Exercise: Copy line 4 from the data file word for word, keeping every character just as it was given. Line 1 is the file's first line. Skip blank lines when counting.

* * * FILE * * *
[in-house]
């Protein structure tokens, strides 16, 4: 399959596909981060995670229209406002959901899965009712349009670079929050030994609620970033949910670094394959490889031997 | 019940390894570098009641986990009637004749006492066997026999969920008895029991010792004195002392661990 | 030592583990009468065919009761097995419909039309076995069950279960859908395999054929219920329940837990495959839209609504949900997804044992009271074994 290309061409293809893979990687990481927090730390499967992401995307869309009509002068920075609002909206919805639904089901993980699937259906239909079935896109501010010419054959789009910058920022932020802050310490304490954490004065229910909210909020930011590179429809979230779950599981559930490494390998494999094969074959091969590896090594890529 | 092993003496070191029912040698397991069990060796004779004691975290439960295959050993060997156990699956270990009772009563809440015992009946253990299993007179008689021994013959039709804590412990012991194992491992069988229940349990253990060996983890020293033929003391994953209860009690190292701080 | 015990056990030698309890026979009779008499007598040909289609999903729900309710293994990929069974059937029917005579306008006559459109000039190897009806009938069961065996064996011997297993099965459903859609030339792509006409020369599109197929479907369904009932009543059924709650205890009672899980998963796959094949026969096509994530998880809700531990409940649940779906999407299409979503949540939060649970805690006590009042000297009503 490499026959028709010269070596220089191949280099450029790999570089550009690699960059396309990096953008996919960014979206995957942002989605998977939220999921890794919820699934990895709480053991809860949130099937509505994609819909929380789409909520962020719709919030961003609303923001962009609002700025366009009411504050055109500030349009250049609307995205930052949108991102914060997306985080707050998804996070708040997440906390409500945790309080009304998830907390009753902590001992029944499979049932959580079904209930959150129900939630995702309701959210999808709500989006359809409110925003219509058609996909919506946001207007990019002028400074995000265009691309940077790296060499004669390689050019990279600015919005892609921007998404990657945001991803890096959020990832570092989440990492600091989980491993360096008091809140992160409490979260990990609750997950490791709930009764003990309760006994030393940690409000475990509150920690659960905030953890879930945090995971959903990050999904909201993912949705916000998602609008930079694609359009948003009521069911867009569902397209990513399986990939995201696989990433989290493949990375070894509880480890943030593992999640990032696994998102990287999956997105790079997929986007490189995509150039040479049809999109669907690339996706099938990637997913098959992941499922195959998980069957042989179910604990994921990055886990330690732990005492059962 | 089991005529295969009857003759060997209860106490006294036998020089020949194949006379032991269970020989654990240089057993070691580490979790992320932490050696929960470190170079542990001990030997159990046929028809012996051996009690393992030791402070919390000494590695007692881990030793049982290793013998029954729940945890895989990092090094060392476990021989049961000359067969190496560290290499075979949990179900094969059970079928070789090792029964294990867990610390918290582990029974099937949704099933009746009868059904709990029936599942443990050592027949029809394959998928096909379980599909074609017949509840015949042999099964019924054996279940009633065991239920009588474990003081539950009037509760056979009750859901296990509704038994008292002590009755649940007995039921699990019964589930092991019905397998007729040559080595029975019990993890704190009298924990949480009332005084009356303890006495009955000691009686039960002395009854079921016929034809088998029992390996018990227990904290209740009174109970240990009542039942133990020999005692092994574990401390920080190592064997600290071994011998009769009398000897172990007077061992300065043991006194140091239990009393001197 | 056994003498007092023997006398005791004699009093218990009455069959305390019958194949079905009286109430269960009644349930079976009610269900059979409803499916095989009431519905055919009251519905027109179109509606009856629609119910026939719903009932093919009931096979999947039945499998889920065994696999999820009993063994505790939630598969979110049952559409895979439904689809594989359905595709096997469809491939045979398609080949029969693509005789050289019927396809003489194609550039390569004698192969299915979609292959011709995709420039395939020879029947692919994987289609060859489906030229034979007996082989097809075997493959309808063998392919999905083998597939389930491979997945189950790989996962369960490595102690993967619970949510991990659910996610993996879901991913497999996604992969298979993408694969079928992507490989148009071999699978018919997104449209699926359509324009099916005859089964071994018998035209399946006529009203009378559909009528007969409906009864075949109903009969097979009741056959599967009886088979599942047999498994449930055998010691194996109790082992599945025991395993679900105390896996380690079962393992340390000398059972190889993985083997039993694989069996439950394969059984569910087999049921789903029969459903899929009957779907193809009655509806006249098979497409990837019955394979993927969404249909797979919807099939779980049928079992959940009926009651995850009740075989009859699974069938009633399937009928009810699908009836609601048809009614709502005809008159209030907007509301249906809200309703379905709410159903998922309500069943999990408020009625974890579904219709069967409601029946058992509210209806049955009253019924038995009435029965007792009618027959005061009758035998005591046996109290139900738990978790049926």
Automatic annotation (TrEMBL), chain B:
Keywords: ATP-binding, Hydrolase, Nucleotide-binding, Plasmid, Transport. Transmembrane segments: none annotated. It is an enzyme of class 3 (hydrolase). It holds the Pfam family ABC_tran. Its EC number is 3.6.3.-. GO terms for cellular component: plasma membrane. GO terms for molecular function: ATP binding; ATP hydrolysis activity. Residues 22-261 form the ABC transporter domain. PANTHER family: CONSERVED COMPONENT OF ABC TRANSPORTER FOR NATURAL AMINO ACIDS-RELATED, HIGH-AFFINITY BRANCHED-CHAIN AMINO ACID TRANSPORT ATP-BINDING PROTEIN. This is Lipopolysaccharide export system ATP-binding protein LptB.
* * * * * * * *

Keywords: ATP-binding, Hydrolase, Nucleotide-binding, Plasmid, Transport. Transmembrane segments: none annotated. It is an enzyme of class 3 (hydrolase). It holds the Pfam family ABC_tran. Its EC number is 3.6.3.-. GO terms for cellular component: plasma membrane. GO terms for molecular function: ATP binding; ATP hydrolysis activity. Residues 22-261 form the ABC transporter domain. PANTHER family: CONSERVED COMPONENT OF ABC TRANSPORTER FOR NATURAL AMINO ACIDS-RELATED, HIGH-AFFINITY BRANCHED-CHAIN AMINO ACID TRANSPORT ATP-BINDING PROTEIN. This is Lipopolysaccharide export system ATP-binding protein LptB.